She received the Distinguished Service Award at the event.

But now she’s being slammed for partnering with an organization that allegedly supports the mass slaughter of Federally protected wild horses.

As reported by RadarOnline, Director of Wild Horse Affairs for the Wild Horse Freedom Federation, Debbie Coffey, writes:

“For many years, the National Cattlemen’s Beef Association has been pushing for the slaughter of America’s wild horses & burros, and their organization was listed on the Steering Committee of the secretive ‘Slaughter Summit’ held in Utah in 2017”

Coffey effectively accuses Ree Drummond of hypocrisy, of using horse motifs as part of her branding.

Furthermore, it looks like she believes that the Drummonds are making money from both sides of the wild horse issue.

“All the while, Drummond Land & Cattle Co., co-owned by Ree’s husband, La​dd Drummond, has been paid over $ 20 million in taxpayer dollars to warehouse captured wild horses on his private property.”

Coffey says: “Talk about buttering your bread on both sides.”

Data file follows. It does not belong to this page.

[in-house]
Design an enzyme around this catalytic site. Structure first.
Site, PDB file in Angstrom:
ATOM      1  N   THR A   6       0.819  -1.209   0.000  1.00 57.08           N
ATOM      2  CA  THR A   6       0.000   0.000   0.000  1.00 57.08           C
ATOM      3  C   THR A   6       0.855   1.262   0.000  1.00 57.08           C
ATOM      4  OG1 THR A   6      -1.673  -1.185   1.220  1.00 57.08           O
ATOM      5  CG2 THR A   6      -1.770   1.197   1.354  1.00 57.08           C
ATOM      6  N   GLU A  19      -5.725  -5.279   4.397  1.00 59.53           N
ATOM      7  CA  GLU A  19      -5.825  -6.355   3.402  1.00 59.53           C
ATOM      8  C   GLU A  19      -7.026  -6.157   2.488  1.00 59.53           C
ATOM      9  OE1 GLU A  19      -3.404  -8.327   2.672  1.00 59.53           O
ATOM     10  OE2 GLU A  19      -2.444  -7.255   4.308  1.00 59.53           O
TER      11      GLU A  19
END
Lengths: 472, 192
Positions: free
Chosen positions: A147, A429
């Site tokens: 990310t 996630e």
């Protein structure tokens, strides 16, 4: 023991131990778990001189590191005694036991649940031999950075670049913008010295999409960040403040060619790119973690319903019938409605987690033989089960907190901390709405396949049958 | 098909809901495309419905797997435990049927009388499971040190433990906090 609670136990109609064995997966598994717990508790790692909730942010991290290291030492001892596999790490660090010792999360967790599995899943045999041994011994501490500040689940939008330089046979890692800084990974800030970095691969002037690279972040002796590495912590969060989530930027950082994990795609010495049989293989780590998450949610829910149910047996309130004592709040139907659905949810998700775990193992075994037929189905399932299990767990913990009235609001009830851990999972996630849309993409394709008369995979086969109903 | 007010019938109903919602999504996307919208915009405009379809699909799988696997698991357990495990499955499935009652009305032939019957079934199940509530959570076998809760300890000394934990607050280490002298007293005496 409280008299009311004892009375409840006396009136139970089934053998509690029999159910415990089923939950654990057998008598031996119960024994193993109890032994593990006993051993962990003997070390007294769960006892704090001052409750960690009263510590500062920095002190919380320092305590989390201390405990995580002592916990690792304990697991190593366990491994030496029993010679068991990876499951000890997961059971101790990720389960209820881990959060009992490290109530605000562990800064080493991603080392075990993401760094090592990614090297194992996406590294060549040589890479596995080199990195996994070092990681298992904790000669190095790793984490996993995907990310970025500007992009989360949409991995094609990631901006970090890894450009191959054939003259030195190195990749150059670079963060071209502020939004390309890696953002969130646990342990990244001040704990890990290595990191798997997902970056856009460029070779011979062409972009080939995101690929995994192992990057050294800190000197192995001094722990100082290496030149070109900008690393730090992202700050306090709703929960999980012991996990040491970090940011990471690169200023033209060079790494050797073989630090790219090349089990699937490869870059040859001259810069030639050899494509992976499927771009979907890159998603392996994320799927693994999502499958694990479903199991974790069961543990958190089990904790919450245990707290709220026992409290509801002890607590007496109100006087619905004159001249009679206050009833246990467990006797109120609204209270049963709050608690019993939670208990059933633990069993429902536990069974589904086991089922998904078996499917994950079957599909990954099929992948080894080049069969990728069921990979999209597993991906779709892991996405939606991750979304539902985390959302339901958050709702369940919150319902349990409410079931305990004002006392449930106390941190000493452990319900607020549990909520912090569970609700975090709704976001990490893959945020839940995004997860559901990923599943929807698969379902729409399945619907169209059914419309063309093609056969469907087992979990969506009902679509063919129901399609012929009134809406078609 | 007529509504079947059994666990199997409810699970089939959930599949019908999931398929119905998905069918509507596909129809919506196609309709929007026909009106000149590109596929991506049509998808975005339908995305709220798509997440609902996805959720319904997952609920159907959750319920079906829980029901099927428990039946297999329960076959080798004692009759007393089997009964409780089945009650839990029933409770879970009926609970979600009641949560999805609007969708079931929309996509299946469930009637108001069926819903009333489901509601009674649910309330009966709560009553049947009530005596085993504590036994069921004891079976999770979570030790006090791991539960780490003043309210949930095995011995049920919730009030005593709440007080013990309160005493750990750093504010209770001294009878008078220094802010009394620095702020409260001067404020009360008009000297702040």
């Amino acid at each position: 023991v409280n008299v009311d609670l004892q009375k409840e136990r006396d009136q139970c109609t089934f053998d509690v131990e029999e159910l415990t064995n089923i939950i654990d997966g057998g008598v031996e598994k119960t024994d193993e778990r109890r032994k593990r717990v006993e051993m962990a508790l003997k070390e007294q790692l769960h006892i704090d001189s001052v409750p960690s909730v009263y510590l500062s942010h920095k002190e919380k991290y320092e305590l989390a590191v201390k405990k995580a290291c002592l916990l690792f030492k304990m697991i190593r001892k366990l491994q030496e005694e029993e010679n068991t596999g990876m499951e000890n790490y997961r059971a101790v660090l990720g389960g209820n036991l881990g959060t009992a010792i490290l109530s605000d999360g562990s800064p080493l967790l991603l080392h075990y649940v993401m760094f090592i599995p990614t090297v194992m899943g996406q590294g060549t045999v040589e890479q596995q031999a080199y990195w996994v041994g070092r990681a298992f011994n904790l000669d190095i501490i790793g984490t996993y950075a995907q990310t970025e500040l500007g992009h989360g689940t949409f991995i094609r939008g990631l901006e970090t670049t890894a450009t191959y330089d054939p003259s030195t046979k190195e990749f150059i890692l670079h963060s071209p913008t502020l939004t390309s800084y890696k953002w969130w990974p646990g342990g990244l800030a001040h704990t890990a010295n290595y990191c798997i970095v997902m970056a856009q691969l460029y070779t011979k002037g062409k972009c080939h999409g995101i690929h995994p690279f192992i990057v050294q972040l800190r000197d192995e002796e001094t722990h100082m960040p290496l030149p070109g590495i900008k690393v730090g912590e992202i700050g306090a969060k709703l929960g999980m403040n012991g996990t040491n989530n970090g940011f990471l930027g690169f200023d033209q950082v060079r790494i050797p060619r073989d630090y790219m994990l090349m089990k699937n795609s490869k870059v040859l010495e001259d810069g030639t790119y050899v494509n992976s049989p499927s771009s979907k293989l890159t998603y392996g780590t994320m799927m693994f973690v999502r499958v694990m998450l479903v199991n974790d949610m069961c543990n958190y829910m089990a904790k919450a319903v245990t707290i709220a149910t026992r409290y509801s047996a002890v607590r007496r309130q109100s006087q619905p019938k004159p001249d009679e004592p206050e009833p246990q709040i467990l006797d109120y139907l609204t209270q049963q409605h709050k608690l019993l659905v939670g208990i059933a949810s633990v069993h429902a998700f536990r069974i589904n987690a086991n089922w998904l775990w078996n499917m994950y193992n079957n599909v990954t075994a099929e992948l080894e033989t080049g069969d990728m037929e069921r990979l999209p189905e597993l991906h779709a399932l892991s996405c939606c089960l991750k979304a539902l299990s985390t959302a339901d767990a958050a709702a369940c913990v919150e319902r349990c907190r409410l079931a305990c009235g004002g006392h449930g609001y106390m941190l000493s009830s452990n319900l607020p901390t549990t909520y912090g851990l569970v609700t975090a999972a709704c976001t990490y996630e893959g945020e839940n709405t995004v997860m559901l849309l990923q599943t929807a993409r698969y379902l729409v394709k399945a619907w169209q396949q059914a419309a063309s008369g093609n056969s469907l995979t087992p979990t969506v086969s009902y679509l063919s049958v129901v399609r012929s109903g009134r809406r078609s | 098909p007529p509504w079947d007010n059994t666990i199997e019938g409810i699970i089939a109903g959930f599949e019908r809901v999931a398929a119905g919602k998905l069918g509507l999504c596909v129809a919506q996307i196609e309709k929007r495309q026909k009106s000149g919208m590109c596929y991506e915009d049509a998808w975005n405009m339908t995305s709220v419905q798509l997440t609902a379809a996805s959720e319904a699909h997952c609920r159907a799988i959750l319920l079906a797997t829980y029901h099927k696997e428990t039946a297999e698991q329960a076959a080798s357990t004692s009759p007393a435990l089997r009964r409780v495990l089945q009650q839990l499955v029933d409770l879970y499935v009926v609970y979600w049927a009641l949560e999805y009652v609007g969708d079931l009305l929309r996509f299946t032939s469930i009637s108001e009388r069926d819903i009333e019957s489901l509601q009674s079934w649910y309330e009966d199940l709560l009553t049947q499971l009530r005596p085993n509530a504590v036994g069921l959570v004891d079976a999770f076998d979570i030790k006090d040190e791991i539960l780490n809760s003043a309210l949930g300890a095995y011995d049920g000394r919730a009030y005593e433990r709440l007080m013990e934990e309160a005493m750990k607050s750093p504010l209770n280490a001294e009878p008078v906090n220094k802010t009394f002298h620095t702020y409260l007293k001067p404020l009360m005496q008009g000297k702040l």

For those who aren’t steeped in the culture of … well, pretty much anything with hooves … the “Horse Slaughter Summit” in Utah was an invitation-only event for groups and individuals who believe that, well, wild horse populations need to be culled.

Wild horses are federally protected (animals who aren’t federally protected often run the risk of being hunted to extinction, for food or hides or for sport or simply because humans with guns find them inconvenient).

You’d think that a “horse slaughter” summit, which is emphatically not what they called it, would be about normalizing horse meat in the American diet or something.

(Eating horse is almost taboo, even though unlike dogs, cats, and humans, horses are rarely family members or part of society; this is inherited from British culture)

But this was actually about certain people feeling that the rangelands cannot sustain growing horse populations, and that some should be “humanely euthanized.”

We don’t know the true motives of everyone at the summit — some of them, at least, were certainly looking after their own financial interests. Wild horses can be inconvenient to some ranchers.

But no one is accusing Ree Drummond herself of having been there.

All that she did was address a cattle industry group. It absolutely fits her brand and we don’t see anything particularly sinister or hypocritical about her actions.

In fact, if her husband makes money off of wild horses being alive, doesn’t that — if anything — give her motive to want more wild horses around?

Just a thought.